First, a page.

Jason Hallam from CPN-Cudis explains how you can protect your client and yourself from the associated risks of an unprotected system.
Switching events, such as starting up equipment from plant machinery or an electrical network, can all generate overvoltages within the building or externally. This could even be from a neighbouring building near your premises powering up arc welders, lift motors, refrigeration equipment and air conditioning systems. Even certain types of lighting systems can generate potentially damaging overvoltage conditions.
Atmospheric conditions can also cause serious problems. In the UK we have an average of 300,000 ground lightning strikes a year, the majority of them hitting open areas. However, some will hit buildings and overhead power lines. These potential harmful voltages can be induced into the building from a direct strike or from the secondary effects of lightning which can reach up to 6,000 volts.
A typical lightning bolt can contain up to one billion volts and between 10,000 to 200,000 amperes of current.
To prevent the various dangers presented by overvoltage the correct Surge protection devices need to be installed.
Surge Protection Devices
The greater the over voltage, the greater the risk of disruption, degradation and damage to the equipment connected to the electrical system. As technology moves on, components within electronic equipment continue to become smaller and therefore more sensitive to these types of inﬂuences.
Some technologies used in SPDs:
Metal Oxide Varistor (MOV) – An MOV is a bipolar, non-linear resistor with a symmetrical voltage / current characteristic curve and a resistance value which decreases as the voltage increases. This is the most popular type of device, mainly due to its fast reaction times and relatively low cost production in comparison to other technologies.
Gas Discharge Tube (GDT) – A sealed gas ﬁlled spark gap consisting of two metal electrodes, which are normally spaced by a ceramic or glass insulator. Not as popular as MOV technology as they can be slightly slower in reaction time.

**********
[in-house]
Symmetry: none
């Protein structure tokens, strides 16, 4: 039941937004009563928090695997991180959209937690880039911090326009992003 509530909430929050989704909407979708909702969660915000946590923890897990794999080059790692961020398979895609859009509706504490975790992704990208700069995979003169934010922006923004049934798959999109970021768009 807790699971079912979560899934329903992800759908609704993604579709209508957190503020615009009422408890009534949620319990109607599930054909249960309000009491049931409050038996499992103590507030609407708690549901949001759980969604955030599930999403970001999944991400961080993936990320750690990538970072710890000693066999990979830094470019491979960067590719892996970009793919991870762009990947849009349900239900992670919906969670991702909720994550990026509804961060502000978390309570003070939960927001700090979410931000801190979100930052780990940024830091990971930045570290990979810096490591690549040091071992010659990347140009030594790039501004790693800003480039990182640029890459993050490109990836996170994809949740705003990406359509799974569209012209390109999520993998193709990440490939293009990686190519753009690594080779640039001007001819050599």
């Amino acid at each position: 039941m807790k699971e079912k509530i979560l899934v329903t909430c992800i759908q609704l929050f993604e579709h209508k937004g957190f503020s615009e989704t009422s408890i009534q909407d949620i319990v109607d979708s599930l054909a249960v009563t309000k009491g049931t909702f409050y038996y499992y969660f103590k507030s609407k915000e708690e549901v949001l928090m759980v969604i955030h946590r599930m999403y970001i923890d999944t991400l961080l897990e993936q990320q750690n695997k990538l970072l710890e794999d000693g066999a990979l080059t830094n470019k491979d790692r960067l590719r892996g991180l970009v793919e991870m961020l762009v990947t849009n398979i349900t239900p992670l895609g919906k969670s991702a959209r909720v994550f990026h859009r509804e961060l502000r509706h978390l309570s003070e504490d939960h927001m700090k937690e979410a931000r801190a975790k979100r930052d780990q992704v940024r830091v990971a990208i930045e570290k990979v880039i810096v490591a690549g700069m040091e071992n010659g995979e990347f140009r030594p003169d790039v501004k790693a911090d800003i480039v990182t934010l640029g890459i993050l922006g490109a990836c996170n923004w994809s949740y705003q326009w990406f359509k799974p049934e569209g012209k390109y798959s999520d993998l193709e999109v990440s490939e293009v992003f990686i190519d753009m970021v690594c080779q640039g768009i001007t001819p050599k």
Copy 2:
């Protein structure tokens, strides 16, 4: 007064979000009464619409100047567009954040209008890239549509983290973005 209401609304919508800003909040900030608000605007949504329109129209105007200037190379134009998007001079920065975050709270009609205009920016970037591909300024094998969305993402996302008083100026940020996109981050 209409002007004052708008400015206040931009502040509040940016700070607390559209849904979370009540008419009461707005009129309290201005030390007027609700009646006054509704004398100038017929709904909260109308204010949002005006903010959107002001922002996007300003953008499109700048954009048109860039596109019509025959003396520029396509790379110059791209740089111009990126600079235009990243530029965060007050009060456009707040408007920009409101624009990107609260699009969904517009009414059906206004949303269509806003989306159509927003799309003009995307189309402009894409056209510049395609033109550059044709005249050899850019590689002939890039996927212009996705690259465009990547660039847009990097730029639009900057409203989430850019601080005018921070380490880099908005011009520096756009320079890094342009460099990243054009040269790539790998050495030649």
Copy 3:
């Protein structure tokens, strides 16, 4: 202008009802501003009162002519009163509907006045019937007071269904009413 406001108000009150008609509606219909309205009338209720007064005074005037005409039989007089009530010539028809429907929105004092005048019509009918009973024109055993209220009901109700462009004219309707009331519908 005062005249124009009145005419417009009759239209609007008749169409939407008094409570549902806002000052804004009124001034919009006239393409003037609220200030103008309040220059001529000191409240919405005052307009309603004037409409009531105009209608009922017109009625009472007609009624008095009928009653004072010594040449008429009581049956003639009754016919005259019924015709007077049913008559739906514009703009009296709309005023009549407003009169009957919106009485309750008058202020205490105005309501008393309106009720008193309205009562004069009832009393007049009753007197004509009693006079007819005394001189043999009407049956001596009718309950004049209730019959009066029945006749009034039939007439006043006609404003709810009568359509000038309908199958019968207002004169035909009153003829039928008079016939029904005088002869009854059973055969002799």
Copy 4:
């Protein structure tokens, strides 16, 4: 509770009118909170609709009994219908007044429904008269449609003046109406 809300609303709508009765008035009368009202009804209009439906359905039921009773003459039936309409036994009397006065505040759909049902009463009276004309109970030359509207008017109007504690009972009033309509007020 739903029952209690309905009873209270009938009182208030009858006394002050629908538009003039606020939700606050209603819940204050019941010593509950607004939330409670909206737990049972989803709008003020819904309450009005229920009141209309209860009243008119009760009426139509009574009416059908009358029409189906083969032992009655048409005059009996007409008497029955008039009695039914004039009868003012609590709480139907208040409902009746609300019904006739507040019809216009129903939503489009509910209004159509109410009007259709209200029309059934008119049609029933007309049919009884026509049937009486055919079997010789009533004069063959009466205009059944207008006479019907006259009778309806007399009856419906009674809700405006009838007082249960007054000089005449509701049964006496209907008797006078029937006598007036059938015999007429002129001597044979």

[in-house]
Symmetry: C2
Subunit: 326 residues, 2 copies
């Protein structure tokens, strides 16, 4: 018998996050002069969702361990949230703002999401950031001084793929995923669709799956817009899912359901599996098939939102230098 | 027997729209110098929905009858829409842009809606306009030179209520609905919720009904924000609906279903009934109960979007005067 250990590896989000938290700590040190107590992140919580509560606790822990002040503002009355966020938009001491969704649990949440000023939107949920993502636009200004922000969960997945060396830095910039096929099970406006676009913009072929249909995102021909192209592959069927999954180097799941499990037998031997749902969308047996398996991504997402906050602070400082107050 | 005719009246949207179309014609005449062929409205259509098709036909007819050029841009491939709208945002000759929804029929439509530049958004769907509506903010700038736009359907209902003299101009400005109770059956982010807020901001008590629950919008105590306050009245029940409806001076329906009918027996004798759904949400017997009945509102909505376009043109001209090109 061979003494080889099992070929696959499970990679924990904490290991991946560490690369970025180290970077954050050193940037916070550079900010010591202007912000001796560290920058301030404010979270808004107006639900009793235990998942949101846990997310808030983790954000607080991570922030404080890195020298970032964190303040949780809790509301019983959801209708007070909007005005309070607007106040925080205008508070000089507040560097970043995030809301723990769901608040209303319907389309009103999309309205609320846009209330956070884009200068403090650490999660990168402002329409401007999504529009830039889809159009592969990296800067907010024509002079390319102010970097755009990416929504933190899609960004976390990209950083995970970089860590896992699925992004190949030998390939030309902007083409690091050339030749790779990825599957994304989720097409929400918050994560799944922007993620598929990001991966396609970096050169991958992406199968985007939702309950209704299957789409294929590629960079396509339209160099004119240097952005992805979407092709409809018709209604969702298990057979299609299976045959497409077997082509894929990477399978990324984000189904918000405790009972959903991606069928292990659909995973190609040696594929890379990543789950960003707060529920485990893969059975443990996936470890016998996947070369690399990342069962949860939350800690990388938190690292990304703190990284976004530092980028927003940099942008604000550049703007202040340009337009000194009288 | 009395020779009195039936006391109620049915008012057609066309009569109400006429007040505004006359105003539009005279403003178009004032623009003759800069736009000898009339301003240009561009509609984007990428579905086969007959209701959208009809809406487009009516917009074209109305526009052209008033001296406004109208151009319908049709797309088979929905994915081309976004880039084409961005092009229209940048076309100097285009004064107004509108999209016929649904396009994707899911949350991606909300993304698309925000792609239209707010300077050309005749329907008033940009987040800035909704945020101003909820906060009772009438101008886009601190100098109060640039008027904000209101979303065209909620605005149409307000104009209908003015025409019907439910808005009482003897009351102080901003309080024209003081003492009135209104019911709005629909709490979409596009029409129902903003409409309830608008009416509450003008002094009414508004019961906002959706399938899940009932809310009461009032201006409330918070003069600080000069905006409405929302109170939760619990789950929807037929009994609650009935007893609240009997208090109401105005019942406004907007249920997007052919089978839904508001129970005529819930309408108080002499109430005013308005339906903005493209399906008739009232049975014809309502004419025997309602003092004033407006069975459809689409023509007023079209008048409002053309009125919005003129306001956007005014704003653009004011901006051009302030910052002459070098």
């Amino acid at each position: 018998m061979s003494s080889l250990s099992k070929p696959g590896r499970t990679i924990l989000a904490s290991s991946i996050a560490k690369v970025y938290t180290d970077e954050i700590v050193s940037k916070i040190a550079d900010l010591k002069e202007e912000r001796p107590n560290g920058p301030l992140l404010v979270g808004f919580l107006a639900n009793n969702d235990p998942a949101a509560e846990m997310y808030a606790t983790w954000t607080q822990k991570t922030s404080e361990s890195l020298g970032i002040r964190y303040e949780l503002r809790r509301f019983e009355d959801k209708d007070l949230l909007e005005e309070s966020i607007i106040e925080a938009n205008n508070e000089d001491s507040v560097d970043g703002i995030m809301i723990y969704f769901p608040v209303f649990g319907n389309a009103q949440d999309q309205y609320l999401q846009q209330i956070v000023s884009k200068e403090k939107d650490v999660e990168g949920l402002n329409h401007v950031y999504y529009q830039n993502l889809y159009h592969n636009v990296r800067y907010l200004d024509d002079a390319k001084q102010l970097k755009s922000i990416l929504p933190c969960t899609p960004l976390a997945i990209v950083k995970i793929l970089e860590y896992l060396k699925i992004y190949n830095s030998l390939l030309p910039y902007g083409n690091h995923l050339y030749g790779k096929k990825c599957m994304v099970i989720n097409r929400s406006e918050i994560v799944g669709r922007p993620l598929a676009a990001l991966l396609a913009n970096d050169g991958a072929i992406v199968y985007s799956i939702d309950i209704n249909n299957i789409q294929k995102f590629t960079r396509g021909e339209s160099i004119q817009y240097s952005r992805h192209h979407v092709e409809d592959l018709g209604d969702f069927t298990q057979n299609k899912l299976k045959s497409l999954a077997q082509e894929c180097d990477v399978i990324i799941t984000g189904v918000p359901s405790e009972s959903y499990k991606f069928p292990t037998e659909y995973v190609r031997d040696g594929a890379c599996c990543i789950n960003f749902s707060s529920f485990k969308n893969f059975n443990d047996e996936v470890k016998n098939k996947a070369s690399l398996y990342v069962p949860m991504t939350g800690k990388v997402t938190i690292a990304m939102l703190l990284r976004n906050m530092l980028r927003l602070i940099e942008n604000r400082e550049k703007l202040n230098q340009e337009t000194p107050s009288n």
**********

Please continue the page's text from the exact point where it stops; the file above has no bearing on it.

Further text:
Silicone Avalanche Diode (SAD) – A semiconductor diode, which avalanches like a thyristor and folds back to give less dissipation. Fast in reaction times but expensive to produce and use.
Fitting surge protection devices is very simple, providing they are designed into the installation. This is normally achieved by allowing for a spare way in the distribution board – either three-phase or single-phase and ﬁtting it at the origin. The supply feeding the SPD is normally done via an over current protection device – for example a circuit breaker. The circuit breaker is predominantly there for means of isolation purposes, to allow for commissioning and testing. Isolating of the SPD is recommended when carrying out loop impedance and insulation resistance testing. The SPD that is ﬁtted at the origin needs to be on a non-earth leakage protected circuit. It is also important to note the earthing arrangement e.g. (TNS TT etc.) before ordering SPDs.
It should also be noted that the SPD should be mounted as close as possible to the incoming terminals of the circuits being protected, with cables between protective MCBs kept as short as possible in order for the SPD to operate at its best performing clamping voltage.
Common types of SPDs
Type 1 Class 1 are ﬁtted at the origin of a supply where the building has an LPS (Lightning Protection System) ﬁtted, or has an overhead supply. This SPD will protect against damage caused by a direct lightning strike.
Type 2 Class 2 are fitted at the origin, if no LPS system or overhead supply is present, co-ordinated down stream of a Type 1 Class 1 in sub distribution boards.
Type 3 Class 3 are ﬁtted next to sensitive equipment (e.g ﬁre alarm panels, CCTV, sever rooms and PC work stations) or co-ordinated down stream of a Type 2 Class 2 if required.
BS7671 Section 443
If your installation falls under any of the categories: I, II or III below, a risk assessment is not required as it will always result in that protection is needed.
I. Consequences related to human life (e.g. safety services or medical equipment in hospitals)
II. Consequences related to public services (e.g. loss of public services, information technology centres or museums)
III. Consequences to commercial or industry activity (e.g. hotels, banks, industries, commercial markets or farms)
The following levels of consequences (IV and V) are based on a risk assessment calculation set out in section 443 of BS7671.
IV. Consequences to groups of individuals (e.g. large residential buildings, churches, offices or schools)
V. Consequences to individuals (e.g. small or medium residential buildings or small offices)
A quick method for consequences IV and V is to determine if overvoltage protection should be provided prior to carrying out a risk assessment. Just ask yourself: “Does the building (or an adjacent building) have a lightning protection system ﬁtted or have an overhead supply?”
If the answer to either of these is yes, then the answer would be simply yes; ﬁt an SPD and protect your customer and yourself from the associated risks of an unprotected system. The risk assessment calculation listed is section 443 is a simpliﬁed method based on IEC 61662.
The beneﬁts of ﬁtting SPDs far outweigh the initial cost so why not offer to fit SPDs on all installations?